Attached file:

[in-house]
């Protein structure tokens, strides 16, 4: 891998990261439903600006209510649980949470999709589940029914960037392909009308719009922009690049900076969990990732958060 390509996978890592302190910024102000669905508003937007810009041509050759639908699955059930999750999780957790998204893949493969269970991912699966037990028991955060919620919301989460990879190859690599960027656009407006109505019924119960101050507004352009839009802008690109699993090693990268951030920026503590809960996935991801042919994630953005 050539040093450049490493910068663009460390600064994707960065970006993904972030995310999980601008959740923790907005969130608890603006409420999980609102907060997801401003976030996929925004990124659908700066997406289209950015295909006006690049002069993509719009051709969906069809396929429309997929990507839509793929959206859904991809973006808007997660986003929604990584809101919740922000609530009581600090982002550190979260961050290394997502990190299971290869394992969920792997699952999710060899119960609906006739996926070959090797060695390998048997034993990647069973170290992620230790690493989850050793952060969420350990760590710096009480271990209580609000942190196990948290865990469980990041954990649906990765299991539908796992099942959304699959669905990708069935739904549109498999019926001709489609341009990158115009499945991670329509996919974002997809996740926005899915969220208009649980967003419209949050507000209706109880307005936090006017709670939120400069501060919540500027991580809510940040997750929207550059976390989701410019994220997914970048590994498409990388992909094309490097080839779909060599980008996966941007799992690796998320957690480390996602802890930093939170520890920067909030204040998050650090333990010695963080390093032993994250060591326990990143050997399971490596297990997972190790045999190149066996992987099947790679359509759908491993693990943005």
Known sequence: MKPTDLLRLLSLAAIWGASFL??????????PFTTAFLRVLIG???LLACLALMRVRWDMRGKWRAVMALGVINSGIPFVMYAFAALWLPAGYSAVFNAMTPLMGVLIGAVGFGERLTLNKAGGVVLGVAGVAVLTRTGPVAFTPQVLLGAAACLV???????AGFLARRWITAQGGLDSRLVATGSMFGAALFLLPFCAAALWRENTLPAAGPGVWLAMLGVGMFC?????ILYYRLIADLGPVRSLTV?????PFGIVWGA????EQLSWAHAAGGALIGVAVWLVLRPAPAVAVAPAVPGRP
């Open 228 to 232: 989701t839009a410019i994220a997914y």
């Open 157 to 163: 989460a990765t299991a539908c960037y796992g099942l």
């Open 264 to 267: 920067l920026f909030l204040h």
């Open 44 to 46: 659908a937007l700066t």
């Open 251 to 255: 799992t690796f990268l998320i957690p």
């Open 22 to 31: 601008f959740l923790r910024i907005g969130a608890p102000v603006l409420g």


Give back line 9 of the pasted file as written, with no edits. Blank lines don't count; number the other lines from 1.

């Open 22 to 31: 601008f959740l923790r910024i907005g969130a608890p102000v603006l409420g």